VoIP players stake their claims

11/05/2004 - 22:00

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COMPETITION is likely to intensify within the voice services sector in the latter half of this year as several players begin to drive the battle into the residential Voice over Internet Protocol market space (VoIP).

COMPETITION is likely to intensify within the voice services sector in the latter half of this year as several players begin to drive the battle into the residential Voice over Internet Protocol market space (VoIP).

Telco giants Telstra and Optus, along with some smaller players, are already actively marketing their VoIP solutions in the corporate space – predominantly offering IP telephony solutions over corporate virtual private networks (VPNs).

However, analysts predict Telstra and Optus will be dragged into the residential VoIP market when competitor offerings begin to chisel away at their voice margins.

In WA, iiNet has been just one of the national players tackling the potentially lucrative residential VoIP market. Perth-based Swiftel (through its now-parent company people telecom) and Sydney-based Comindico are other examples of smaller players that have announced an intention to roll out residential VoIP offerings this year.

iiNet has been busy trialing a residential VoIP solution in Perth and, at the end of February this year, more than 2,000 new clients had signed up for the service.

The company is moving ahead with plans to go live with its DSL infrastructure and enabling technology (DSLAMs) later this year.

“We are presently trialing VoIP equipment with the intention of offering a VoIP product to customers later this year,” iiNet managing director Michael Malone said.

“We’re a good deal more advanced on this.

“iiNet has its own DSLAMs in the Pier Street and Cannington exchanges, and we are in the final days of vendor selection.

“Assuming the trials are successful, which is now looking very good, we intend to roll out our own DSLAMs to a small number of exchanges in areas where we already have a high density of customers.

“That will mean most exchanges will initially be in Perth.”

IDC analyst Landry Fevre said the take-up of residential VoIP was closely tied to the take-up of broadband across Australia.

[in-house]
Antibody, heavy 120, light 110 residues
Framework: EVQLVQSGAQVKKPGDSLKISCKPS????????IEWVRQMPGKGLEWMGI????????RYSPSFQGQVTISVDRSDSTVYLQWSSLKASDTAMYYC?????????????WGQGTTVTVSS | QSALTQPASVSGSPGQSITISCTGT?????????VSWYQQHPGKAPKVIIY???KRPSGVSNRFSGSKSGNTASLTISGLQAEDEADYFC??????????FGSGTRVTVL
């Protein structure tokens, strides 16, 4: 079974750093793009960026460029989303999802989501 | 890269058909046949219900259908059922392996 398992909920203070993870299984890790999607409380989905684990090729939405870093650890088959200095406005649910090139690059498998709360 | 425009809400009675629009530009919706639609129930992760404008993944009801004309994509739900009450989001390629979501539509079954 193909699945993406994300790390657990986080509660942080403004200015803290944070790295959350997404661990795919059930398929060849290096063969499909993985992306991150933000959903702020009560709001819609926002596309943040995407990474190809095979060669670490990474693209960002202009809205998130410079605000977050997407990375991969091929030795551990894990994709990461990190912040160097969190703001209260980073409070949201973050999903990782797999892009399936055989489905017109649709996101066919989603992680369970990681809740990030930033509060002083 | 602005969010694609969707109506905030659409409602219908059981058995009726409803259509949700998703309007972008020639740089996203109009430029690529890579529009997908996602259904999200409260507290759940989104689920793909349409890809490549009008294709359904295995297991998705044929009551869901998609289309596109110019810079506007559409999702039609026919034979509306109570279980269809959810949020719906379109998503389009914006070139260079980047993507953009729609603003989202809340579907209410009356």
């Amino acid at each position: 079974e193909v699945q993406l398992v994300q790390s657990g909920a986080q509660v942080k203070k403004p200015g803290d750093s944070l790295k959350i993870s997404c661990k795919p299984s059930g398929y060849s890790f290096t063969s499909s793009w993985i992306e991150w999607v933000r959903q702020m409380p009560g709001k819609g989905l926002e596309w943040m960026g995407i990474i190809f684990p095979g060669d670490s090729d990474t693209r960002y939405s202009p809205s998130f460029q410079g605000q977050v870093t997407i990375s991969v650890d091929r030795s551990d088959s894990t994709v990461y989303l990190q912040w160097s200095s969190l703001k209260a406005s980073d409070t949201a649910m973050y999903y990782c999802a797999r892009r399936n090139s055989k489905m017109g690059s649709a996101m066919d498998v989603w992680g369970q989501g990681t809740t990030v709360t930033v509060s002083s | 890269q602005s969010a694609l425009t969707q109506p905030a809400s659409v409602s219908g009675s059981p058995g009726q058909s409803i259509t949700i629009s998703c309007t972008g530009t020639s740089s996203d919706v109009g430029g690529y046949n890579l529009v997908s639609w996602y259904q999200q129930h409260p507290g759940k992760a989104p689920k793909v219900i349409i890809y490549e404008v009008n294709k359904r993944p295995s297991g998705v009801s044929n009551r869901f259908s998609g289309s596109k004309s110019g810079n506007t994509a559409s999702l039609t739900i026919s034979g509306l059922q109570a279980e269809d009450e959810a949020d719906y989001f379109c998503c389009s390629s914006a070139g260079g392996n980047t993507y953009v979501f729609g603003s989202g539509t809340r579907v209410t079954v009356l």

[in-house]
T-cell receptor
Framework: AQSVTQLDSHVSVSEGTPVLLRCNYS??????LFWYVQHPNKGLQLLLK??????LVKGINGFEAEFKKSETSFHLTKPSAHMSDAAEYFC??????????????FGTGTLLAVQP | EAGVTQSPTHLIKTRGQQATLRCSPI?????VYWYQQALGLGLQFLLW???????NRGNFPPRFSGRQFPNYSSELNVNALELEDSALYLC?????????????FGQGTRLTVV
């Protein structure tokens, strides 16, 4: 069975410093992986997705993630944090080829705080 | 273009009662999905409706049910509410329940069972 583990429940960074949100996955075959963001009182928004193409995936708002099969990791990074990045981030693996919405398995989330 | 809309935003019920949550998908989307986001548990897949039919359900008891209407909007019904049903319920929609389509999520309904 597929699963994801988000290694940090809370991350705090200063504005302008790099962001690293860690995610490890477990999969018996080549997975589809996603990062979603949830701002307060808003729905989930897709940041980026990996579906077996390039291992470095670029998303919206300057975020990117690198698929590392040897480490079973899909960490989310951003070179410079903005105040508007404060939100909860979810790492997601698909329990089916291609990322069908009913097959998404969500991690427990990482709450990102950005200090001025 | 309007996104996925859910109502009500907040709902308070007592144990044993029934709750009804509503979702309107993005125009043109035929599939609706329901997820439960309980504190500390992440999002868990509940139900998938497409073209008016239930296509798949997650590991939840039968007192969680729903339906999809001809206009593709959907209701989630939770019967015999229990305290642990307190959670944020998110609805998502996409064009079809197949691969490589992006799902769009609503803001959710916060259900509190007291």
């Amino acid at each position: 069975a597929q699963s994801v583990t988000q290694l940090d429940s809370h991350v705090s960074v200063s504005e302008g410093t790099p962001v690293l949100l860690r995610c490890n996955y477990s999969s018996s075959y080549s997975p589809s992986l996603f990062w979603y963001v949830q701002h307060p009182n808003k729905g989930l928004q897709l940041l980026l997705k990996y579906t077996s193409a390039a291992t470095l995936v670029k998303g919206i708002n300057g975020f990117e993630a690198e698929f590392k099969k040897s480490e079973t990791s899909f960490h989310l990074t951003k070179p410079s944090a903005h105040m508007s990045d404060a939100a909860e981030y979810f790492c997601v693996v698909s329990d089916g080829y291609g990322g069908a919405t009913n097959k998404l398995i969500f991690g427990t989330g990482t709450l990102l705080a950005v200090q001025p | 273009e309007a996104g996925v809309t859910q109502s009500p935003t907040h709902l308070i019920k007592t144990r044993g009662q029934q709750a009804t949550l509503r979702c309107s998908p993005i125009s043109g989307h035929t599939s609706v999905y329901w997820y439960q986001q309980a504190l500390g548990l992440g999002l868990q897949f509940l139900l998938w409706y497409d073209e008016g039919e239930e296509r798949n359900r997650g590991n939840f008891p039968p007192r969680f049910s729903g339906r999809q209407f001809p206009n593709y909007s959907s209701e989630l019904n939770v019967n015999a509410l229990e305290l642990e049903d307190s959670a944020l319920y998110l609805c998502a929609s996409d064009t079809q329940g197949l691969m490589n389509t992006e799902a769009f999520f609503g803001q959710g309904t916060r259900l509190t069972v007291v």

The lack of broadband infrastructure and the slow-but-steady take up of offerings such as DSL remained one of the primary reasons Australia lagged behind countries such as Japan in the area of residential VoIP, he said.

Nevertheless, Mr Fevre remained bullish about the VoIP market, including the residential VoIP offerings planned for general consumption later in the year.

“Residential broadband could be really taking off,” he said. “I think it will happen towards August or September this year. There are already some offerings [available]”

Mr Fevre said Session Initiation Protocol would enable VoIP for a mass consumer market in a similar way that Hypertext Transfer Protocol (HTTP) enabled the Internet and created mass appeal.

SIP was developed by the Internet Engineering Taskforce as an alternative to H.323, which is currently the industry standard.

While H.323 has been available since about 1996, and is used by major equipment providers such as Cisco, SIP has recently gained momentum following a deal between telecommunications carrier SingTel and US-based technology firm SIPhone.

This deal is expected to allow SIP users to call and receive calls from regular PSTN (Public Switched Telephone Network) phones at significantly cheaper rates.

“SIP will definitely be the standard in the residential market,” Mr Fevre said.

“Why? Because Microsoft is using it in MSN Messager already.”

Meanwhile, Mr Malone observed that any major changes in attitudes to new technology had come not from business, but from consumers and the mass market.

He said the same could be said for the growing interest in VoIP.

“It has never been B2B or B2C, it has been email, file transfer, ICQ, IIC, SMS,” Mr Malone said.

“They [consumer offerings] are always the things that bring new technologies to the mass market.”

Mr Malone said iiNet was working on how to bundle VoIP for the residential market.

“There is no guarantee that what is successful in one market, will be successful in another,” he said.

“[However,] if you put in a compelling data package when charging voice, then you’ve got a compelling bundle.”

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